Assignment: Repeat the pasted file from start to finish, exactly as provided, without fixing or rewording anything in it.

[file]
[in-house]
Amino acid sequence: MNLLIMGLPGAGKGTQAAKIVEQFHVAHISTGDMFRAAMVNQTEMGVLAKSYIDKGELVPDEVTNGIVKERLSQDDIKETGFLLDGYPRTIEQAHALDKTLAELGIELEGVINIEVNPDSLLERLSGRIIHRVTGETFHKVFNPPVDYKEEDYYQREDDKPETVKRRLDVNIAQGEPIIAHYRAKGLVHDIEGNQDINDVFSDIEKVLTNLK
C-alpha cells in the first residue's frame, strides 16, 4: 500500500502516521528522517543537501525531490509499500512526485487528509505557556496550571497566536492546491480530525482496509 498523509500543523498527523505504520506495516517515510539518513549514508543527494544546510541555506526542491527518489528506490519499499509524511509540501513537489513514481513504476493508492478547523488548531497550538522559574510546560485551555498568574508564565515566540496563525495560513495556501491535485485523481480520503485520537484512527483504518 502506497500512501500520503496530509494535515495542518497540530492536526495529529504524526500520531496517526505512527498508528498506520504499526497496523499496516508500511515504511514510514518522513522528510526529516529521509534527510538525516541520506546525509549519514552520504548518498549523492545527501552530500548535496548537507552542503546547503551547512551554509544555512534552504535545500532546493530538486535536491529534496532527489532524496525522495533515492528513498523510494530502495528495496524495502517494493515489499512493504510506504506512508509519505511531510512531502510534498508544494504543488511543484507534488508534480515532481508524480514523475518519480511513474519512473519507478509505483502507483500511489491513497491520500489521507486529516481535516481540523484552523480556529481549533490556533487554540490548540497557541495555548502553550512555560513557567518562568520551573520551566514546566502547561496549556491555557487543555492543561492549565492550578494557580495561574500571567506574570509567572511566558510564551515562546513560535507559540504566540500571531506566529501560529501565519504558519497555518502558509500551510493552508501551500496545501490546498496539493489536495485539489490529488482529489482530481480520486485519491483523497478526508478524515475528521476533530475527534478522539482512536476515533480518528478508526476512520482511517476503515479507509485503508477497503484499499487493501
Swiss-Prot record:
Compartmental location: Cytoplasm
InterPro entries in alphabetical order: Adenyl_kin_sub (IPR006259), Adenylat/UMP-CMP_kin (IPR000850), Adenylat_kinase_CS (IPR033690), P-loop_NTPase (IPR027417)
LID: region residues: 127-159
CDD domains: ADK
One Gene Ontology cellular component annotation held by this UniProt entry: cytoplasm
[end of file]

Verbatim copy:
[in-house]
Amino acid sequence: MNLLIMGLPGAGKGTQAAKIVEQFHVAHISTGDMFRAAMVNQTEMGVLAKSYIDKGELVPDEVTNGIVKERLSQDDIKETGFLLDGYPRTIEQAHALDKTLAELGIELEGVINIEVNPDSLLERLSGRIIHRVTGETFHKVFNPPVDYKEEDYYQREDDKPETVKRRLDVNIAQGEPIIAHYRAKGLVHDIEGNQDINDVFSDIEKVLTNLK
C-alpha cells in the first residue's frame, strides 16, 4: 500500500502516521528522517543537501525531490509499500512526485487528509505557556496550571497566536492546491480530525482496509 498523509500543523498527523505504520506495516517515510539518513549514508543527494544546510541555506526542491527518489528506490519499499509524511509540501513537489513514481513504476493508492478547523488548531497550538522559574510546560485551555498568574508564565515566540496563525495560513495556501491535485485523481480520503485520537484512527483504518 502506497500512501500520503496530509494535515495542518497540530492536526495529529504524526500520531496517526505512527498508528498506520504499526497496523499496516508500511515504511514510514518522513522528510526529516529521509534527510538525516541520506546525509549519514552520504548518498549523492545527501552530500548535496548537507552542503546547503551547512551554509544555512534552504535545500532546493530538486535536491529534496532527489532524496525522495533515492528513498523510494530502495528495496524495502517494493515489499512493504510506504506512508509519505511531510512531502510534498508544494504543488511543484507534488508534480515532481508524480514523475518519480511513474519512473519507478509505483502507483500511489491513497491520500489521507486529516481535516481540523484552523480556529481549533490556533487554540490548540497557541495555548502553550512555560513557567518562568520551573520551566514546566502547561496549556491555557487543555492543561492549565492550578494557580495561574500571567506574570509567572511566558510564551515562546513560535507559540504566540500571531506566529501560529501565519504558519497555518502558509500551510493552508501551500496545501490546498496539493489536495485539489490529488482529489482530481480520486485519491483523497478526508478524515475528521476533530475527534478522539482512536476515533480518528478508526476512520482511517476503515479507509485503508477497503484499499487493501
Swiss-Prot record:
Compartmental location: Cytoplasm
InterPro entries in alphabetical order: Adenyl_kin_sub (IPR006259), Adenylat/UMP-CMP_kin (IPR000850), Adenylat_kinase_CS (IPR033690), P-loop_NTPase (IPR027417)
LID: region residues: 127-159
CDD domains: ADK
One Gene Ontology cellular component annotation held by this UniProt entry: cytoplasm